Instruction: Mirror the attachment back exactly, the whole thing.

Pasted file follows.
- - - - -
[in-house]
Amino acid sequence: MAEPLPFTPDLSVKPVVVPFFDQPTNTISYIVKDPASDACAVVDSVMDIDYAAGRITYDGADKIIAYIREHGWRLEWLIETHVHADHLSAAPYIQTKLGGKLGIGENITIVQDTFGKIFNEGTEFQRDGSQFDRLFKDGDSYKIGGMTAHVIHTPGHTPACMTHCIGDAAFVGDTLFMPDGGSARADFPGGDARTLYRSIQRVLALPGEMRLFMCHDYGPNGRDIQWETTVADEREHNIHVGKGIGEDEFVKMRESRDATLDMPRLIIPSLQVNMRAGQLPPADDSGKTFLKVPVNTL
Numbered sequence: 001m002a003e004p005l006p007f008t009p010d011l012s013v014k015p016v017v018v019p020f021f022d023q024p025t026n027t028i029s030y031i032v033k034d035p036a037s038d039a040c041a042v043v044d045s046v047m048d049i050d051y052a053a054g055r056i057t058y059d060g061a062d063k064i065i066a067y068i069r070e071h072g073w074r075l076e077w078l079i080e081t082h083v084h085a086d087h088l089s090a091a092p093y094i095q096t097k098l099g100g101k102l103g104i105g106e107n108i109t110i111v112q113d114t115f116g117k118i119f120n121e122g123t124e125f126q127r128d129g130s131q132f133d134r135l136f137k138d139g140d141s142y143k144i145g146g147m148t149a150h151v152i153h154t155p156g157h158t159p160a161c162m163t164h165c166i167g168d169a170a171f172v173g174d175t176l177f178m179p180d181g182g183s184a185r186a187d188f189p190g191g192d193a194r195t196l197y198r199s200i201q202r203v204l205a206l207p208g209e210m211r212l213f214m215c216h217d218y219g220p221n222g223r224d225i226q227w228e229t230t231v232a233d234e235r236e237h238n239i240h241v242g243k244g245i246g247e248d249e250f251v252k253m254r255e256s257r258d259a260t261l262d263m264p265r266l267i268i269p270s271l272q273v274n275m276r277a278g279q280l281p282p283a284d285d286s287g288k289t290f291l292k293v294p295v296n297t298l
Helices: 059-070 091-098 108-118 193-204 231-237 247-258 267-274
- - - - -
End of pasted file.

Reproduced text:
[in-house]
Amino acid sequence: MAEPLPFTPDLSVKPVVVPFFDQPTNTISYIVKDPASDACAVVDSVMDIDYAAGRITYDGADKIIAYIREHGWRLEWLIETHVHADHLSAAPYIQTKLGGKLGIGENITIVQDTFGKIFNEGTEFQRDGSQFDRLFKDGDSYKIGGMTAHVIHTPGHTPACMTHCIGDAAFVGDTLFMPDGGSARADFPGGDARTLYRSIQRVLALPGEMRLFMCHDYGPNGRDIQWETTVADEREHNIHVGKGIGEDEFVKMRESRDATLDMPRLIIPSLQVNMRAGQLPPADDSGKTFLKVPVNTL
Numbered sequence: 001m002a003e004p005l006p007f008t009p010d011l012s013v014k015p016v017v018v019p020f021f022d023q024p025t026n027t028i029s030y031i032v033k034d035p036a037s038d039a040c041a042v043v044d045s046v047m048d049i050d051y052a053a054g055r056i057t058y059d060g061a062d063k064i065i066a067y068i069r070e071h072g073w074r075l076e077w078l079i080e081t082h083v084h085a086d087h088l089s090a091a092p093y094i095q096t097k098l099g100g101k102l103g104i105g106e107n108i109t110i111v112q113d114t115f116g117k118i119f120n121e122g123t124e125f126q127r128d129g130s131q132f133d134r135l136f137k138d139g140d141s142y143k144i145g146g147m148t149a150h151v152i153h154t155p156g157h158t159p160a161c162m163t164h165c166i167g168d169a170a171f172v173g174d175t176l177f178m179p180d181g182g183s184a185r186a187d188f189p190g191g192d193a194r195t196l197y198r199s200i201q202r203v204l205a206l207p208g209e210m211r212l213f214m215c216h217d218y219g220p221n222g223r224d225i226q227w228e229t230t231v232a233d234e235r236e237h238n239i240h241v242g243k244g245i246g247e248d249e250f251v252k253m254r255e256s257r258d259a260t261l262d263m264p265r266l267i268i269p270s271l272q273v274n275m276r277a278g279q280l281p282p283a284d285d286s287g288k289t290f291l292k293v294p295v296n297t298l
Helices: 059-070 091-098 108-118 193-204 231-237 247-258 267-274